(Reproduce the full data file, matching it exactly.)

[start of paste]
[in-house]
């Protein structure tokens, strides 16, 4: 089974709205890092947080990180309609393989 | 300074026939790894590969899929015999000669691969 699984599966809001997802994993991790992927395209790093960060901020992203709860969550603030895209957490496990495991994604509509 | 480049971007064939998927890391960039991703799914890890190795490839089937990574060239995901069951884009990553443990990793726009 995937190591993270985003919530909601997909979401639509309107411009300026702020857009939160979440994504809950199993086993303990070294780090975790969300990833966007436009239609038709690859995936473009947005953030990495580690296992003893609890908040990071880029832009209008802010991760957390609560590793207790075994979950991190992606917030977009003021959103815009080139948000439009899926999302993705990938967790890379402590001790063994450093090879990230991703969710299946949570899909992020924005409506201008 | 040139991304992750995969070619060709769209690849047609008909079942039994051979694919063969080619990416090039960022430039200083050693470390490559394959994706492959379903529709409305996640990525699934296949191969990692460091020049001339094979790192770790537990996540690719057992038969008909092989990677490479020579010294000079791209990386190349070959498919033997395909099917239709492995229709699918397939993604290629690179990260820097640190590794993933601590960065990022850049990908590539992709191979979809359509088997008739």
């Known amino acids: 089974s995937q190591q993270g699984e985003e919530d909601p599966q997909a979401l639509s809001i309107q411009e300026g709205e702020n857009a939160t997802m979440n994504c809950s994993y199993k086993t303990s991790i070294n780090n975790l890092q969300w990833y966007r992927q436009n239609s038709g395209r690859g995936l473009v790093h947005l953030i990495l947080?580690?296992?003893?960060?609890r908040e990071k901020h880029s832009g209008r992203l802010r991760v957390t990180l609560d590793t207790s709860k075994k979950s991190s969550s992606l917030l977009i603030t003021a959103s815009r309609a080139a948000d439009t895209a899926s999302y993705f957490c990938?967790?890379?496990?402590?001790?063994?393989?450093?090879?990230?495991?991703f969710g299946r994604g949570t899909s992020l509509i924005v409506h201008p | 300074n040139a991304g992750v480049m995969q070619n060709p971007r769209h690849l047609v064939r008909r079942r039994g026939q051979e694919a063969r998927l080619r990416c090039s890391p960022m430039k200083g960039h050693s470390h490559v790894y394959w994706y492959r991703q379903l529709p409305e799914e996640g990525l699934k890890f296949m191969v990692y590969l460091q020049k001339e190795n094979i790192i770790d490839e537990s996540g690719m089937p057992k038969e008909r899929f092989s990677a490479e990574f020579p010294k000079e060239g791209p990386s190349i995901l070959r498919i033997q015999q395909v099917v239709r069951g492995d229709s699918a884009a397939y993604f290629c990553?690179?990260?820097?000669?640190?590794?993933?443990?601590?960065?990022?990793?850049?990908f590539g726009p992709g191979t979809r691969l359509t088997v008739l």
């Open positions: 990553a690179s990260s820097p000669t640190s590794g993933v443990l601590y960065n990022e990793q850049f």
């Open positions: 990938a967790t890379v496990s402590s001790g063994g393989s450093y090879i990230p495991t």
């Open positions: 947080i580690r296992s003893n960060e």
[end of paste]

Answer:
[in-house]
């Protein structure tokens, strides 16, 4: 089974709205890092947080990180309609393989 | 300074026939790894590969899929015999000669691969 699984599966809001997802994993991790992927395209790093960060901020992203709860969550603030895209957490496990495991994604509509 | 480049971007064939998927890391960039991703799914890890190795490839089937990574060239995901069951884009990553443990990793726009 995937190591993270985003919530909601997909979401639509309107411009300026702020857009939160979440994504809950199993086993303990070294780090975790969300990833966007436009239609038709690859995936473009947005953030990495580690296992003893609890908040990071880029832009209008802010991760957390609560590793207790075994979950991190992606917030977009003021959103815009080139948000439009899926999302993705990938967790890379402590001790063994450093090879990230991703969710299946949570899909992020924005409506201008 | 040139991304992750995969070619060709769209690849047609008909079942039994051979694919063969080619990416090039960022430039200083050693470390490559394959994706492959379903529709409305996640990525699934296949191969990692460091020049001339094979790192770790537990996540690719057992038969008909092989990677490479020579010294000079791209990386190349070959498919033997395909099917239709492995229709699918397939993604290629690179990260820097640190590794993933601590960065990022850049990908590539992709191979979809359509088997008739």
């Known amino acids: 089974s995937q190591q993270g699984e985003e919530d909601p599966q997909a979401l639509s809001i309107q411009e300026g709205e702020n857009a939160t997802m979440n994504c809950s994993y199993k086993t303990s991790i070294n780090n975790l890092q969300w990833y966007r992927q436009n239609s038709g395209r690859g995936l473009v790093h947005l953030i990495l947080?580690?296992?003893?960060?609890r908040e990071k901020h880029s832009g209008r992203l802010r991760v957390t990180l609560d590793t207790s709860k075994k979950s991190s969550s992606l917030l977009i603030t003021a959103s815009r309609a080139a948000d439009t895209a899926s999302y993705f957490c990938?967790?890379?496990?402590?001790?063994?393989?450093?090879?990230?495991?991703f969710g299946r994604g949570t899909s992020l509509i924005v409506h201008p | 300074n040139a991304g992750v480049m995969q070619n060709p971007r769209h690849l047609v064939r008909r079942r039994g026939q051979e694919a063969r998927l080619r990416c090039s890391p960022m430039k200083g960039h050693s470390h490559v790894y394959w994706y492959r991703q379903l529709p409305e799914e996640g990525l699934k890890f296949m191969v990692y590969l460091q020049k001339e190795n094979i790192i770790d490839e537990s996540g690719m089937p057992k038969e008909r899929f092989s990677a490479e990574f020579p010294k000079e060239g791209p990386s190349i995901l070959r498919i033997q015999q395909v099917v239709r069951g492995d229709s699918a884009a397939y993604f290629c990553?690179?990260?820097?000669?640190?590794?993933?443990?601590?960065?990022?990793?850049?990908f590539g726009p992709g191979t979809r691969l359509t088997v008739l």
């Open positions: 990553a690179s990260s820097p000669t640190s590794g993933v443990l601590y960065n990022e990793q850049f």
């Open positions: 990938a967790t890379v496990s402590s001790g063994g393989s450093y090879i990230p495991t």
């Open positions: 947080i580690r296992s003893n960060e």